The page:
As the name itself suggests, a single piece crankshaft is built by a solid single piece of material. These types of crankshafts are usually used in the multi-cylinder engine and are compatible with engines working on both moderate speed and high speed. The end of the connecting rod of a single piece crankshaft is built with the help of two pieces. Single piece crankshafts are capable of withstanding load during firing and cylindrical stress that mainly arise due to misalignment of the main bearings or because of axial and torsional vibrations.
2. Built-up Crankshaft
In a built-up crankshaft, all the components of the crankshaft are fabricated and manufactured separately with the help of multiple separate pieces of substances. For instance, the crank webs, crankpins, and journals are machined separately. These parts are then heated and shrink-fitted together artificially. As the fitted parts tend to cool down, they shrink in size and form a tight grip with each other. The big end of the connecting rod of a built-up crankshaft is built with the help of a single solid piece of the element.
3. Semi-built Crankshafts
In semi-built crankshafts, all the parts of the crankshaft are not assembled together, instead, some of the parts are forged and constructed together as a whole. For instance, the crank web and bearing generals of the crankshaft are forged, shaped, and fully built together. These types of crankshafts are generally used in diesel engines used for the main engine of a ship.
4. Forged Crankshafts
Forged crankshafts are built with the help of the forging process. Here, a single piece or block of metal is forged and is given the shape of a crankshaft. Assembling the parts of the crankshaft through processes like welding is not required. Forged camshafts are typically used for engines that operate at a medium speed such as a generator. For heavy and bulky engines, such as a two-stroke engine, the forging process of manufacturing crankshafts is not preferred. Forged crankshafts are comparatively more robust than cast crankshafts. To improve the strength of forged crankshafts, the process of induction hardening is used.
5. Welded Crankshafts
In welded crankshafts, all the parts of the crankshaft, such as crank web, journals, etc., are manufactured separately and are then welded together. Welded crankshafts are stronger as compared to the other types of crankshafts, but the cost of manufacturing is quite high, which is why these types of crankshafts are not preferred for general applications.
6. Cast Crankshafts
Cast crankshafts are manufactured by casting a malleable iron. Cast crankshafts are the most popularly used crankshafts in diesel and petrol engines because they are easy to manufacture and are cheaper than the other types of crankshafts. A cast crankshaft is often subjected to heat treatment to improve its tensile strength and to reduce the rate of wear and tear, thereby increasing the life span of the engine.
7. Billet Crankshafts
Billet crankshafts are made up of 4340 alloy steel that typically consists of nickel, chromium, aluminium, and molybdenum. Billet crankshafts are advantageous because they have the lowest machining time and are capable of transferring maximum power to the load. Also, these types of crankshafts require minimal balancing.
Examples of Crankshaft
1. Diesel Engines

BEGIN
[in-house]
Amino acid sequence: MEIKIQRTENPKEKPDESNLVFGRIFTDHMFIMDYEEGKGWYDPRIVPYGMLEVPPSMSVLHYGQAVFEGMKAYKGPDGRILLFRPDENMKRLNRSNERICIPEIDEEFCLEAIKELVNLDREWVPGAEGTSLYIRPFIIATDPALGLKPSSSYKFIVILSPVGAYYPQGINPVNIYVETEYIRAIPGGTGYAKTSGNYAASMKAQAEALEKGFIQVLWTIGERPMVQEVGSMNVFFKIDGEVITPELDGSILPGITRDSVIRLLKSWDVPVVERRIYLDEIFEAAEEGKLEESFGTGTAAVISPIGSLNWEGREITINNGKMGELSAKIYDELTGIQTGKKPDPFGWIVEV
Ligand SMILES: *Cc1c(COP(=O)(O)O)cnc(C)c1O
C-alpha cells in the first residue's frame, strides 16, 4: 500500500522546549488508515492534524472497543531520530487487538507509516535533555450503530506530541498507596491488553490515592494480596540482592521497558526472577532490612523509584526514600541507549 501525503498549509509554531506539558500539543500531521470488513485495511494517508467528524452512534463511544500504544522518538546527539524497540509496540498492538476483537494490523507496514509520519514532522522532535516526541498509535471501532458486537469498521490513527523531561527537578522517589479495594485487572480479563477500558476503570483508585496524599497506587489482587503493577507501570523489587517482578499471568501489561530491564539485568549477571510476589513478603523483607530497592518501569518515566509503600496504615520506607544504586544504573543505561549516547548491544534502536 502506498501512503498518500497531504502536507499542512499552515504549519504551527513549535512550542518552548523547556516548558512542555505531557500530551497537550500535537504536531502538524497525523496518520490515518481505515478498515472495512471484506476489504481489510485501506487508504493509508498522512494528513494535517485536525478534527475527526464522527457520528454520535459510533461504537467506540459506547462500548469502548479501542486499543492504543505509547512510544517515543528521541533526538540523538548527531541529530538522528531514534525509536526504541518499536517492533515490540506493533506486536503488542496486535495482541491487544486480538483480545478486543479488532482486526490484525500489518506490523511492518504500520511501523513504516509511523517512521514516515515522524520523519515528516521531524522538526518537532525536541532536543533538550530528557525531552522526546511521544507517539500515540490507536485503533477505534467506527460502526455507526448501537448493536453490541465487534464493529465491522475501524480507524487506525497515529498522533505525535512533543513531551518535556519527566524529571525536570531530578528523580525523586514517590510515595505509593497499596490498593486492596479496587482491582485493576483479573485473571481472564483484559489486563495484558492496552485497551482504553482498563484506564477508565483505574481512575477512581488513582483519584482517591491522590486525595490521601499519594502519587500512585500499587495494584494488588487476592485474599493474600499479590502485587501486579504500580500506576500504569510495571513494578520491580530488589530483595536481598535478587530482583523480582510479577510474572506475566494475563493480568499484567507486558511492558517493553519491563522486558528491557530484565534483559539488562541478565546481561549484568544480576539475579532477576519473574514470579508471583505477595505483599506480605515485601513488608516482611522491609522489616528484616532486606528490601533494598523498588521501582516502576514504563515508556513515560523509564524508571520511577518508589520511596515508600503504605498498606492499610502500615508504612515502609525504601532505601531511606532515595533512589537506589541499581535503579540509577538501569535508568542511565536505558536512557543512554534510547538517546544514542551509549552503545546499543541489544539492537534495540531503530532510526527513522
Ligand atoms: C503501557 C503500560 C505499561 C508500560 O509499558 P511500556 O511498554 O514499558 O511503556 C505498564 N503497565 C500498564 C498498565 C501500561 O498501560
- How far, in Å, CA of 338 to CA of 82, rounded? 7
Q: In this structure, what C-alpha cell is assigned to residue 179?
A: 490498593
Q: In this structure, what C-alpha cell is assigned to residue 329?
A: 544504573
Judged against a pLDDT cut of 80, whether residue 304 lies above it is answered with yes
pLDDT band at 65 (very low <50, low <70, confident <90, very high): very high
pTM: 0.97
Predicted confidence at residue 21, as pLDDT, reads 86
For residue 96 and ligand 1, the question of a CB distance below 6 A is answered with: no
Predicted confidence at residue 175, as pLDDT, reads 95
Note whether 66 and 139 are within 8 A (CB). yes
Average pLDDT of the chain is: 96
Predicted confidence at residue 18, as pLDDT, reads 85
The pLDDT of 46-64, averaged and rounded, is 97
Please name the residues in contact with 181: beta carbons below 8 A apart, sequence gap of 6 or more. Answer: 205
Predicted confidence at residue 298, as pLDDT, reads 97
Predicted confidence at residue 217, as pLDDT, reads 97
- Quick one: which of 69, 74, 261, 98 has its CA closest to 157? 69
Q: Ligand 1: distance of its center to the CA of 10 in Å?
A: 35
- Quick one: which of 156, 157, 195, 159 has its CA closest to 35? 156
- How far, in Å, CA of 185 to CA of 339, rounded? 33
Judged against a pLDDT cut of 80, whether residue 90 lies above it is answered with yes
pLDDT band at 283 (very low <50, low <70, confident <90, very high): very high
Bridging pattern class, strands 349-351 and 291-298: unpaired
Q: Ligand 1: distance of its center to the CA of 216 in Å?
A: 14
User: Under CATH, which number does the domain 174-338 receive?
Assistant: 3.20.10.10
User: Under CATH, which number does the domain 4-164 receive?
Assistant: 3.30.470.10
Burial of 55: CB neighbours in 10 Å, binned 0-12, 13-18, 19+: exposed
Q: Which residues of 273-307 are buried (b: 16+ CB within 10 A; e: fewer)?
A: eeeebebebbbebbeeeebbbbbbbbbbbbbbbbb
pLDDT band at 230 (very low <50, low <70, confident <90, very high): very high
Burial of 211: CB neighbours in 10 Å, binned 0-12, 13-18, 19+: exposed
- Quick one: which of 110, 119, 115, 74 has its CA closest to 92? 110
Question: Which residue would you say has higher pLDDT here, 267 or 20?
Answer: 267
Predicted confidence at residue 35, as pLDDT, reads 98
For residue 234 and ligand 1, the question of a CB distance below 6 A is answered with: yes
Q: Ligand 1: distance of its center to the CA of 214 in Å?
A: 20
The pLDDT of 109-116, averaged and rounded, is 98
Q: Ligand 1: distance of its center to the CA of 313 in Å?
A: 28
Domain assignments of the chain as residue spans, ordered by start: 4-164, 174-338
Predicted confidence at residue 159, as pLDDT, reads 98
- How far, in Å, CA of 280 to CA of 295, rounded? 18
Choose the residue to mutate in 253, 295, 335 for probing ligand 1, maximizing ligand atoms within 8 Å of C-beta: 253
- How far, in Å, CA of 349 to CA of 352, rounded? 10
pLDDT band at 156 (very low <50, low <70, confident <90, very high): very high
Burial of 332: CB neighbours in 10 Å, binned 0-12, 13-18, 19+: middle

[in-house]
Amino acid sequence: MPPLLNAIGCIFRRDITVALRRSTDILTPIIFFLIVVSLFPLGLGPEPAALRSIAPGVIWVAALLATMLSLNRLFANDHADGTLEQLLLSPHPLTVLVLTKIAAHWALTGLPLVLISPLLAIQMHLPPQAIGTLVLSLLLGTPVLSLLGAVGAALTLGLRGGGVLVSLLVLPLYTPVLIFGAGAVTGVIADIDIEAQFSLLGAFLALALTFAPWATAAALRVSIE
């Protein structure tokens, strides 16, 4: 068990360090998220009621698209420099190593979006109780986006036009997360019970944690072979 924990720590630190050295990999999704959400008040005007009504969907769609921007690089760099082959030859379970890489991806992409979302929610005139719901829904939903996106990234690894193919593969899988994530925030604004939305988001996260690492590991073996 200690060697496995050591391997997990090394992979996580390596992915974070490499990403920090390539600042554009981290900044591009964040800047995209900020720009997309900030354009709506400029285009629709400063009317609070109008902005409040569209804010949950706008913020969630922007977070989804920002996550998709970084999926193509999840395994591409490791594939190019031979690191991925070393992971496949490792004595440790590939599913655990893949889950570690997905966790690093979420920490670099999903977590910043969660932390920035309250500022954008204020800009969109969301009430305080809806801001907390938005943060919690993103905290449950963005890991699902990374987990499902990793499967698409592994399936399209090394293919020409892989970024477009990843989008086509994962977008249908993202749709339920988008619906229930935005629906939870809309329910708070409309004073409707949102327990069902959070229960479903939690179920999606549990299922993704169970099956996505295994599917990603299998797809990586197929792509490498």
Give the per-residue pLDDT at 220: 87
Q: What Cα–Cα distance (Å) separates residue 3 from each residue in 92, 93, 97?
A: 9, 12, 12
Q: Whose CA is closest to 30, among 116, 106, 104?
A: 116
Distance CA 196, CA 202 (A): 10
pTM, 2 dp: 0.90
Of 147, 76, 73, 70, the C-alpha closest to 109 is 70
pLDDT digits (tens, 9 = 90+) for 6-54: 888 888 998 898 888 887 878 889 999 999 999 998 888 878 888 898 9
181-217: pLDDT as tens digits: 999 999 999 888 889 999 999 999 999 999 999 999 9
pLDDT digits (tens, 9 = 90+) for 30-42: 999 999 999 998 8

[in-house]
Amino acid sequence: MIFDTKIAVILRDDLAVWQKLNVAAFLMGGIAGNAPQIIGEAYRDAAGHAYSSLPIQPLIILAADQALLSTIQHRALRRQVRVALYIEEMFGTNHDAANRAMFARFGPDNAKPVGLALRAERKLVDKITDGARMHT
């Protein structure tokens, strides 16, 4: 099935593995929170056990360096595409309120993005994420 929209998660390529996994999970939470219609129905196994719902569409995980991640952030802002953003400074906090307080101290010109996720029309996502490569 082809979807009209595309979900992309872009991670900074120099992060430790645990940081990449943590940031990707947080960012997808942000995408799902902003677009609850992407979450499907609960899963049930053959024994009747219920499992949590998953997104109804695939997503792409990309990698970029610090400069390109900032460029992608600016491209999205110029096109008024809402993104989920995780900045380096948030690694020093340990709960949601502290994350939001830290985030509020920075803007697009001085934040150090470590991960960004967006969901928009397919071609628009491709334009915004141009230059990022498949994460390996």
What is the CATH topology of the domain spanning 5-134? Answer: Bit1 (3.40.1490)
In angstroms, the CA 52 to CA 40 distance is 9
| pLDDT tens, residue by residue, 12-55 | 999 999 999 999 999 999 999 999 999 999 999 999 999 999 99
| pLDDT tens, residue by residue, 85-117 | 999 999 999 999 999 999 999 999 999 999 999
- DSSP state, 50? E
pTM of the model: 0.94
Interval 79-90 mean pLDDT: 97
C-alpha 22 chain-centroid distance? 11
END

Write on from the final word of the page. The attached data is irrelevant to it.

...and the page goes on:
The diesel engine crankshaft is generally manufactured by forging a piece of alloy steel. For this purpose, the steel is firstly heated at a significantly high temperature and moulded in shape with the help of a forging die. Diesel engines typically have a longer stroke than the bore diameter, which is why the crankshafts used in diesel engines are comparatively larger. Billet crankshafts can also be used to improve the performance of a diesel engine because they are stronger than the other types of crankshafts.
2. Electric Generators
Electric generators are yet another example of the machines used in daily life that make use of a crankshaft. The reciprocating motion of the pistons gets converted to a rotary motion with the help of the crankshaft. The rotary motion is further used to drive the flywheel. The resultant power is then used to move an alternator along a circular path, thereby allowing the conversion of mechanical energy into electrical energy. The generated output energy can be stored or used to drive various electrical appliances.
3. Internal Combustion Engines
A crankshaft forms the basis of working of internal combustion engines. It is mounted within the engine block. The crankshaft is connected to the pistons with the help of connecting rods. The main purpose of a crankshaft in combustion engines is to convert the linear motion of the piston into a rotational motion thereby allowing a direct coupling of power to high dynamic loads.
4. Drive Camshafts
One of the prime applications of a crankshaft lies in driving the camshaft. A crankshaft is used to transfer energy to the camshaft with the help of a chain drive mechanism or a belt drive mechanism. The mechanical parts camshaft and crankshaft are usually used in combination. The speed of a system containing both the camshaft and the crankshaft is maintained in such a way that the camshaft rotates one time for every two rotations of the crankshaft.
5. Transmit Power to Parts of an Engine
A crankshaft mainly functions to transmit power to various parts of the engine system such as valve timing, air conditioning compressor, fuel pump, water pump, alternator, and many others.
A crankshaft is a prominent part of the engine of a motorcycle. It is used to provide the driving power required to move various parts of the engine and to control and minimize the engine vibrations. The crankshaft used in motorcycles can be either cast crankshaft or forged crankshaft. For racing bikes, the crankshaft is fabricated using lightweight materials such as aluminium, titanium, an alloy of aluminium and steel, etc. The material used to construct the crankshaft of a motorcycle is required to have a dense mass and must be superior in quality to reduce the vibrations.